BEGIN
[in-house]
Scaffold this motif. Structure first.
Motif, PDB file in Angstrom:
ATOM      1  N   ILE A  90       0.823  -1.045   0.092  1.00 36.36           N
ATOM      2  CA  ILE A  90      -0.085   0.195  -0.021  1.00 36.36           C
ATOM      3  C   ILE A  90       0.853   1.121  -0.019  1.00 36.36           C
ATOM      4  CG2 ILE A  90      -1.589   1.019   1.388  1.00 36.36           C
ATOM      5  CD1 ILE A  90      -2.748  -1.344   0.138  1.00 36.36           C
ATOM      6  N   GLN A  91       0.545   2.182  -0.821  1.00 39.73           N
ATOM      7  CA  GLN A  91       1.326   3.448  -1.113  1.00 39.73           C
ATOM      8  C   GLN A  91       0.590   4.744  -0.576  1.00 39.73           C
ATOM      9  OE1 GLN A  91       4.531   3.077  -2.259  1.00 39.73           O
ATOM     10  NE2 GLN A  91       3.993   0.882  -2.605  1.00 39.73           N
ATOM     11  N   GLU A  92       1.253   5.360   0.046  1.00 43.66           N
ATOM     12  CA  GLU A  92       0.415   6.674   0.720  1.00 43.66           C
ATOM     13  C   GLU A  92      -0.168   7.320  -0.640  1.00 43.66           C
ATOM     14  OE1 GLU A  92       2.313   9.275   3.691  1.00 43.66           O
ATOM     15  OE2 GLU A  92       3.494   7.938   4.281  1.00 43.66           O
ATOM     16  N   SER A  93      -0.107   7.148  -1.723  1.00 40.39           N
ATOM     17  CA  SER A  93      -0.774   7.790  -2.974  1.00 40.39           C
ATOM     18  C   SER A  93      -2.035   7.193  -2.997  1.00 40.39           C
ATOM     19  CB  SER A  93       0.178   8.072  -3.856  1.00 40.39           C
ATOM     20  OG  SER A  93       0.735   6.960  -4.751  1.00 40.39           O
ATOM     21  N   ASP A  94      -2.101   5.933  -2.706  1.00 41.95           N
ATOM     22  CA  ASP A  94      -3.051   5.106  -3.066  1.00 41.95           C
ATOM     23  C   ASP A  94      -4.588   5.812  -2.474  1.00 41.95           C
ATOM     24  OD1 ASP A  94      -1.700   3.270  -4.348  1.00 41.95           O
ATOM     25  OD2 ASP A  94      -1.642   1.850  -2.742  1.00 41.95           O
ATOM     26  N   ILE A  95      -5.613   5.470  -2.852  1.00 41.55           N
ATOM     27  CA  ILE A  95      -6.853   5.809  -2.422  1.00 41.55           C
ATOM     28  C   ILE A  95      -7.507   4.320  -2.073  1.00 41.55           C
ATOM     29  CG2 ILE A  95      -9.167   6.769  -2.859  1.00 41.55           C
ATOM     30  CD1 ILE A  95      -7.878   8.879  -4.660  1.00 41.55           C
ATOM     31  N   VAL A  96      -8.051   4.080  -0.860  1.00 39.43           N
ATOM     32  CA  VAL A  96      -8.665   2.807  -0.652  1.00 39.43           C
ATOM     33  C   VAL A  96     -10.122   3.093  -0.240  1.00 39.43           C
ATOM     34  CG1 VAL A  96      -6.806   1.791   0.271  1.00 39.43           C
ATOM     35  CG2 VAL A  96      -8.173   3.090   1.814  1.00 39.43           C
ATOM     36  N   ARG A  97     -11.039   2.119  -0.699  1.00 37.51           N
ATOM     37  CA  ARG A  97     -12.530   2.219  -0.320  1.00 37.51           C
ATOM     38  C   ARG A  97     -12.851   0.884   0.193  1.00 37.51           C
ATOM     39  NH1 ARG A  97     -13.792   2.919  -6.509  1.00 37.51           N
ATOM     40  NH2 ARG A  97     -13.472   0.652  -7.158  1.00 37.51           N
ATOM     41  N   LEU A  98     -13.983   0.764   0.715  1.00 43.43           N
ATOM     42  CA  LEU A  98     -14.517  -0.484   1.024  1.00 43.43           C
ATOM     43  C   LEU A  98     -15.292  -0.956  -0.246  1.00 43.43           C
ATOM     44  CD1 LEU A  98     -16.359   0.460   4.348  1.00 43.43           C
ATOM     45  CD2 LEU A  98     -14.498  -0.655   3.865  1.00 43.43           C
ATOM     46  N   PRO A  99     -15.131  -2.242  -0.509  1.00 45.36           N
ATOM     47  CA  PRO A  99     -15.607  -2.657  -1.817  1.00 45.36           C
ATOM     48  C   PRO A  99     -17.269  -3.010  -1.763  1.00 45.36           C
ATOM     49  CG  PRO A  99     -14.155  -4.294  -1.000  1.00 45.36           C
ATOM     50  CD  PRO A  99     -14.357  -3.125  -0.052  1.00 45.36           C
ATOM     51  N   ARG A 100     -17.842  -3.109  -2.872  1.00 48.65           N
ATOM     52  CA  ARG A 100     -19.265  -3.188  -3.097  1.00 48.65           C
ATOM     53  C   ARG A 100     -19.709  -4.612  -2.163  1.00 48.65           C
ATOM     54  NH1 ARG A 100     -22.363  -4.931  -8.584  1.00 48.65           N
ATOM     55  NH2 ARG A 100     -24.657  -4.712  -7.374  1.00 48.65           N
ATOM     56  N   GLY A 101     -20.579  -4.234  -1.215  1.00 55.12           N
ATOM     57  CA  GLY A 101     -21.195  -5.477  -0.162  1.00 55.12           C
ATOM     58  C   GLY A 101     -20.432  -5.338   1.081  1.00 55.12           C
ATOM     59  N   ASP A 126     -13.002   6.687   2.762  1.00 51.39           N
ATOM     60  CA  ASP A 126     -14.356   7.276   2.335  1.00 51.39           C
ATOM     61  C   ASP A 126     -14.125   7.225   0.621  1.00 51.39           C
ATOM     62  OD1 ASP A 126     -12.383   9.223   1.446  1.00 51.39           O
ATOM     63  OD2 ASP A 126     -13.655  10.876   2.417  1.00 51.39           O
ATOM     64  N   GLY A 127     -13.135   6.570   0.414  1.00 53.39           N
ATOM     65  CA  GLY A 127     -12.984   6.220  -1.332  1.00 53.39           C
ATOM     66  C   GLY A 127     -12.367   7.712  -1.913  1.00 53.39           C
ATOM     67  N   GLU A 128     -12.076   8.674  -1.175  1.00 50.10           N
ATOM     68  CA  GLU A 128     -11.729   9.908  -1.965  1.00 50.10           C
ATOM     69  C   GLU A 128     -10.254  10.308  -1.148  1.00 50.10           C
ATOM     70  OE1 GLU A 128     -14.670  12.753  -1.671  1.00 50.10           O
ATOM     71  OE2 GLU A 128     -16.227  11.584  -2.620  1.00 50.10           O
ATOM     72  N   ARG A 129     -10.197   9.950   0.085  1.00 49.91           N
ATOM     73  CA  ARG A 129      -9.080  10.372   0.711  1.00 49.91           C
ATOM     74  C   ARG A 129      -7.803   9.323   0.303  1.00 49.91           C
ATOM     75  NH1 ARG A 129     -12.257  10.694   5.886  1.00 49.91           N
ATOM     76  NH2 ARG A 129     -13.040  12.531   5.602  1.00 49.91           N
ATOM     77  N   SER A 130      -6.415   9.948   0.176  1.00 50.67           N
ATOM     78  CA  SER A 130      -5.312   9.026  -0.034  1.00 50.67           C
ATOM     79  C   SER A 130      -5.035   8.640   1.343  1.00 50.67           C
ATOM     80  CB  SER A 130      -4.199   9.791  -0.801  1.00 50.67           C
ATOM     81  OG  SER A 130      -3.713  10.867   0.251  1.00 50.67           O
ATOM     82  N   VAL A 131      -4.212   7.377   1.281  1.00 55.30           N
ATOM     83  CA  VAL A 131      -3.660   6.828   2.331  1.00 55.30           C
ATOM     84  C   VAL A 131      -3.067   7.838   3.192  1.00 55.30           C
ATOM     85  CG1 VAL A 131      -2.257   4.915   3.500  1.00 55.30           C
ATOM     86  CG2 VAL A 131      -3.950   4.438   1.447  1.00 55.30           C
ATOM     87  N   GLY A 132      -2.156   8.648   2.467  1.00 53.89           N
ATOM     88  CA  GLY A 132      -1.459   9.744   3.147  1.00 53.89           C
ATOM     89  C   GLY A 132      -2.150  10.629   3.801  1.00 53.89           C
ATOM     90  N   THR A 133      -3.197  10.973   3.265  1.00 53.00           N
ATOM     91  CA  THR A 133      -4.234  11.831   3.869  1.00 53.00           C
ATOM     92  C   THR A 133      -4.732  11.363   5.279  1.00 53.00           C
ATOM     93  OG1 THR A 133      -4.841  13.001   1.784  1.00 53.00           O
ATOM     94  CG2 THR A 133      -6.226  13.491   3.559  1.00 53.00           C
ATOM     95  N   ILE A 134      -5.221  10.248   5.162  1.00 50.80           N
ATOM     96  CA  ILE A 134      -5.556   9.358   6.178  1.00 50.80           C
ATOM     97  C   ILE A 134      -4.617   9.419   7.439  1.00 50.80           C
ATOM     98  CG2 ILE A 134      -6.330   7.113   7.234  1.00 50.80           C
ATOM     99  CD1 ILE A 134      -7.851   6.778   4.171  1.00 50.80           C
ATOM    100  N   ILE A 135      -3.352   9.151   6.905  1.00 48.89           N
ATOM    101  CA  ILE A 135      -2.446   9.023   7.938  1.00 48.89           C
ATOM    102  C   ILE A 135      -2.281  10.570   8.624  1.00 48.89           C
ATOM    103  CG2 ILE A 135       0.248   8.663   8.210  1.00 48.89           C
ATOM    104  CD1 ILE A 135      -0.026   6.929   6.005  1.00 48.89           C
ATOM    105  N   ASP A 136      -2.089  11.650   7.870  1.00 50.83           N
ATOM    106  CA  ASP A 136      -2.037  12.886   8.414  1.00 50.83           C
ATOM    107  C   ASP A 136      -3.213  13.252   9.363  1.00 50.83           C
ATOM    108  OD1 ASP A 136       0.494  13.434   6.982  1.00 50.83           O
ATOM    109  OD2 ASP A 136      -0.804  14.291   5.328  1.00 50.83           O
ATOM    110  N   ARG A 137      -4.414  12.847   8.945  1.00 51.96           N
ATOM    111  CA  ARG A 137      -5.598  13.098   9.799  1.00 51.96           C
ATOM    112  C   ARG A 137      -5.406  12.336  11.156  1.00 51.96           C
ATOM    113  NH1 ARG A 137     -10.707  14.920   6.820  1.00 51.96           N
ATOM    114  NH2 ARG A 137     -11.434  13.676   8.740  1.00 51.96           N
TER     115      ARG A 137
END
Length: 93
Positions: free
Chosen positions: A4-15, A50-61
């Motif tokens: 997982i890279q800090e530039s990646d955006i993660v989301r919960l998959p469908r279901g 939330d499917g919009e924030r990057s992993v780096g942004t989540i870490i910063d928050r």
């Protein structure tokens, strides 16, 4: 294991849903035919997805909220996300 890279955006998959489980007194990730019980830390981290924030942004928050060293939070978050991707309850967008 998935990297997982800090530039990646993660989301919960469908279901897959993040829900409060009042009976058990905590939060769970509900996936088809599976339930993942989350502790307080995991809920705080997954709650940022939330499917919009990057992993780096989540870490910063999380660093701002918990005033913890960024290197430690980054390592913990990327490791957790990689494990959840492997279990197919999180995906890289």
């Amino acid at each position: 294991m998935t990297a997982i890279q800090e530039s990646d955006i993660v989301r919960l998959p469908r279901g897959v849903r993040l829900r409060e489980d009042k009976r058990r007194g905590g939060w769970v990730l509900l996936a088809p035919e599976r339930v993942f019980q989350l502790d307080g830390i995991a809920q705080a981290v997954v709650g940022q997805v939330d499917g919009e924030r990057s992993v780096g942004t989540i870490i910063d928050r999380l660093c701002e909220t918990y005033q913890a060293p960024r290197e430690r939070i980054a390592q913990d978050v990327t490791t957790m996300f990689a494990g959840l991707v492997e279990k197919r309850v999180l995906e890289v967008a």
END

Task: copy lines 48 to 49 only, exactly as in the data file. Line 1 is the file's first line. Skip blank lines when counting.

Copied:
ATOM     45  CD2 LEU A  98     -14.498  -0.655   3.865  1.00 43.43           C
ATOM     46  N   PRO A  99     -15.131  -2.242  -0.509  1.00 45.36           N